If keen on a cMBP for it's upgradability over the rMBP and are not OSX-centric then consider there are still some PC notebooks with upgrade/features beyond the cMBP, eg: CPU upgradability. Eg: IVB 12.5" HP 2570P (in sig) or Haswell 14" Dell E6440. Both can have CPU performance effectively doubled by installing a i7-quad via their CPU sockets. Cost can be significantly less than a Macbook too and have other features like expresscard slots, bootable e-SATA port, superfast RAID-0 storage.
     
  8. thundersteele macrumors 68030

    Joined:
    Oct 19, 2011
    Location:
    Switzerland
    #8
    I think it is not even worth comparing machines. I wouldn't spend $1200 on a machine with outdated tech:

    - 1280x800 screen: This was already low resolution before the retina screens arrived - the 13'' Air has a higher resolution since 2010.
    - the CPU is from 2012. It is still fast, but less power efficient and the GPU is quite a bit slower than what is available currently
    - a 5400 rpm HDD - sure you can upgrade to a SSD, but that costs extra money and you are limited to SATA 3.
    - the WiFi is "n", a/c is standard now on Macs.

    Now assuming you can get this machine at a discount (e.g. $999 in the edu store), need or want a DVD drive, want OSX, and you would rather purchase upgrades later than right now, then it might make sense to buy the 2012 MBP.
     
  9. woeiskevin thread starter macrumors member

    woeiskevin

    Joined:
    Dec 30, 2011
    Location:
    Maryland
    #9
    OK I should ask have anyone ever used the baseline rmbp for audio work with just 4GB of ram? if so how did it work when using a lot of vst/plug-ins?
     
  10. richwoodrocket macrumors 68020

    richwoodrocket

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    Apr 7, 2014
    Location:
    Hamburg, NY
    #10
    Go retina. You won't regret it. It will be supported long after the non retina MacBook Pro.
     
  11. mccjim12 macrumors member

    Joined:
    Sep 23, 2012
    Location:
    Stamford, CT
    #11
    Some excellent advice in this thread. I am in the same situation as the op and was considering a cMBP but now will consider a retina, as much as I love having an optical drive.
     
  12. Saint.Icon macrumors regular

    Joined:
    May 11, 2014
    #12
    As someone who was in the same position about a month ago, I vote for retina.

    The thinner, lighter design, flash storage, gorgeous retina display, and Haswell chipset makes it a no brainer.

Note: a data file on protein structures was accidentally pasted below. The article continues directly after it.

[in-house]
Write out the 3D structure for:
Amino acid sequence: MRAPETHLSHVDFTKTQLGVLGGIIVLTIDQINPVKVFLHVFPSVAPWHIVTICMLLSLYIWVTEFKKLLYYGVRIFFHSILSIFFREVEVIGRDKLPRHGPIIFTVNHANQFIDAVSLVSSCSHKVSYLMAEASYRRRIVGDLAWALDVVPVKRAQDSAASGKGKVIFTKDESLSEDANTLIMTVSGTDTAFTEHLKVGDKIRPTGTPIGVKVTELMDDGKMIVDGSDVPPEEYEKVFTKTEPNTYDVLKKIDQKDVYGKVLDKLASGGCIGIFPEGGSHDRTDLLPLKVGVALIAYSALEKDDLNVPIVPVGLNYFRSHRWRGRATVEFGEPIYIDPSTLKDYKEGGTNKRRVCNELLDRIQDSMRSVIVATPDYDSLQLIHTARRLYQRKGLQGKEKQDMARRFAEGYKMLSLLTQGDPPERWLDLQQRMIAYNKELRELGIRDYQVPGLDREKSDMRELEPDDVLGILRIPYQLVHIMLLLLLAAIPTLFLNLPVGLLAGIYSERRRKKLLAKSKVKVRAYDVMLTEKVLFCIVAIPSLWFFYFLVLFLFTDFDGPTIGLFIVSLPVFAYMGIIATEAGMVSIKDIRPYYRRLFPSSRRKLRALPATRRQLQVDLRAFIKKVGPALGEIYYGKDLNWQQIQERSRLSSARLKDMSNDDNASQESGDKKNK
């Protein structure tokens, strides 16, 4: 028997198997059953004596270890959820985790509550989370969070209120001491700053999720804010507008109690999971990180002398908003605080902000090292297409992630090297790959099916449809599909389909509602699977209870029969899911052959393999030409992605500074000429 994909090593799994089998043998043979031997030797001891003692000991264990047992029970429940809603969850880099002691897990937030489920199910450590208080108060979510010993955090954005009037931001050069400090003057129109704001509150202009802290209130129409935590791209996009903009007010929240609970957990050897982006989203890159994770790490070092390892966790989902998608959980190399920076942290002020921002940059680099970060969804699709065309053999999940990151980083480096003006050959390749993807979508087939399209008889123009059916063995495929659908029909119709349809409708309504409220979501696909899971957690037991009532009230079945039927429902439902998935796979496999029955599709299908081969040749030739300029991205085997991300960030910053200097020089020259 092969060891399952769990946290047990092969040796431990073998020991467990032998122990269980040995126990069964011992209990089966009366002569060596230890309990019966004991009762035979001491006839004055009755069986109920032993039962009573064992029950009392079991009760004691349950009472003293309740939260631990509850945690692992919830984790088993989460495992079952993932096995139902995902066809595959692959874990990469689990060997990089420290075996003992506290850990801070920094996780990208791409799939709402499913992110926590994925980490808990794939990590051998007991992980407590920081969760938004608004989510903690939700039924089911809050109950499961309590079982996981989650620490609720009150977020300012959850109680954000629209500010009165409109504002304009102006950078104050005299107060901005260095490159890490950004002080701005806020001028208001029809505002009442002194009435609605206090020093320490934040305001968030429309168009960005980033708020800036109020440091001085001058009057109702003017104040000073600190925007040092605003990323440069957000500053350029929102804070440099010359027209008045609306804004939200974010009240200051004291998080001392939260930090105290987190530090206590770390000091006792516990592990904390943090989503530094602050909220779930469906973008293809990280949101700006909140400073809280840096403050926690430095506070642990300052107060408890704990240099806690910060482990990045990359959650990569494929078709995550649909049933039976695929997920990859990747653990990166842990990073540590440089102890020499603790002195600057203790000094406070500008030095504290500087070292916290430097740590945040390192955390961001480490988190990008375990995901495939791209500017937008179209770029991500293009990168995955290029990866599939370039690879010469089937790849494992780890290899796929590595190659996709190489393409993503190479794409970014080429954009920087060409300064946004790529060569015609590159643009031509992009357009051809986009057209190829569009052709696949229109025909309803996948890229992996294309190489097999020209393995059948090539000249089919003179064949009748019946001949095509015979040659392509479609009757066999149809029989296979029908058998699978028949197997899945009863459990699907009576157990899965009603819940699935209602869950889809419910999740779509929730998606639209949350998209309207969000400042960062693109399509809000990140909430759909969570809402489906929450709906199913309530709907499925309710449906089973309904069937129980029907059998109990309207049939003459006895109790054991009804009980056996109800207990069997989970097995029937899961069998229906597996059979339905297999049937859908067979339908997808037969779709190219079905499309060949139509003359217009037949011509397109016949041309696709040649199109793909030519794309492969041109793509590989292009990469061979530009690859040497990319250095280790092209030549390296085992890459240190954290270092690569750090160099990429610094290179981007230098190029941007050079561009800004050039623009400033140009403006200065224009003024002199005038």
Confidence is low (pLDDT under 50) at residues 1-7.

As far as "upgradability" goes, yeah. You lose it. But so what? If I want to upgrade, I can sell the MBP for close to what I paid for it in a year or two, and upgrade to a new model that'll have everything upgraded, rather than just the RAM and hard drive. In a year or two you'll be hard pressed to sell a cMBP to anyone for a good amount, and the upgrades you spend more money on aren't going to translate into more value.

    The only downside I see the the rMBP is storage. To remedy that, get a cheap portable hard drive. I picked up a nice, little 1TB Seagate drive for $60. Nifty also makes SD expansion adapters that are pretty awesome to boost storage as well.
     
  13. cruzmisl macrumors regular

    Joined:
    Nov 10, 2012
    #13
    The refurb 8gb/256gb 2013 MBPr is such a good deal right now. You get enough future proofing and some really good specs. I have a cheap external USB dvd drive if I need it, but never do.
     
  14. yjchua95 macrumors 604

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    GVA, KUL, MEL (current), ZQN
    #14
  15. meson macrumors regular

    Joined:
    Apr 29, 2014
    #15
    A month or so ago, I had to make the choice. I ended up going cMBP.

    Here was my logic.

    The largest consideration was upfront cost. For a variety of reasons, I needed a new mac on a budget. My previous MB died a sudden death, and I couldn't afford to throw money at the solution.

    With the cMBP, I was able to buy the base configuration, and as budget constraints will allow, I can upgrade to SSD and either 8 or 16GB of ram. 8GB should be plenty for me. The ability to make these changes later were important to me, or I would have ended up with a PC running Linux (not necessarily bad, but not my preference).

    The next consideration was portability. I don't keep an excessive amount of data locally, but I am growing to the point where a 128GB SSD isn't going to cut it. I use the laptop both at home and in the office, and I do not like lugging extra drives around when I don't need to. Additionally, I would have had to buy extra dongles for connectivity that I use regularly.

    In order to get a machine to meed my needs and budget, I had to compromise a bit on some amenities. A retina display is great, but I don't see it altering the way I use my screen real estate significantly on a 13" machine. I had to take a slightly more power hungry CPU, and a hit on the GPU, but I'm not big on video/audio editing or gaming, so those things were of minor importance to me.

    Additionally, I got to keep the DVD drive. Granted I don't use one often, but I do often enough at this point to miss it if it weren't there.

    Resale value is of little concern to me, as I'll be using the machine until it dies.

    The bottom line is that you need to think carefully about what your needs and budget constraints are in a computer. If I had the money to throw at the problem, the retina would have been the way to go. Since I did not, I went with a machine that will serve me well for a number of years, especially after some minor upgrades.
     
  16. MacFoYoAzz macrumors newbie

    MacFoYoAzz

    Joined:
    Apr 15, 2014
    Location:
    On yomomma's Mac TX
    #16
    Up until last year, I did full blown music productions on a 2006 13" MacBook 1.83 Core2duo with 2 gigs of ram or a CoreSolo 1.5ghz MacMini 2 gigs of ram.
    Both worked great. Running Logic Pro 7. Of course I used various external pro audio interfaces.

    Music Link


    You be the judge. 70% of the posted music was done in my apartment. The Freedom Fusion stuff was done on a Mac Pro G5. That was done with Protools

    Hope this helps.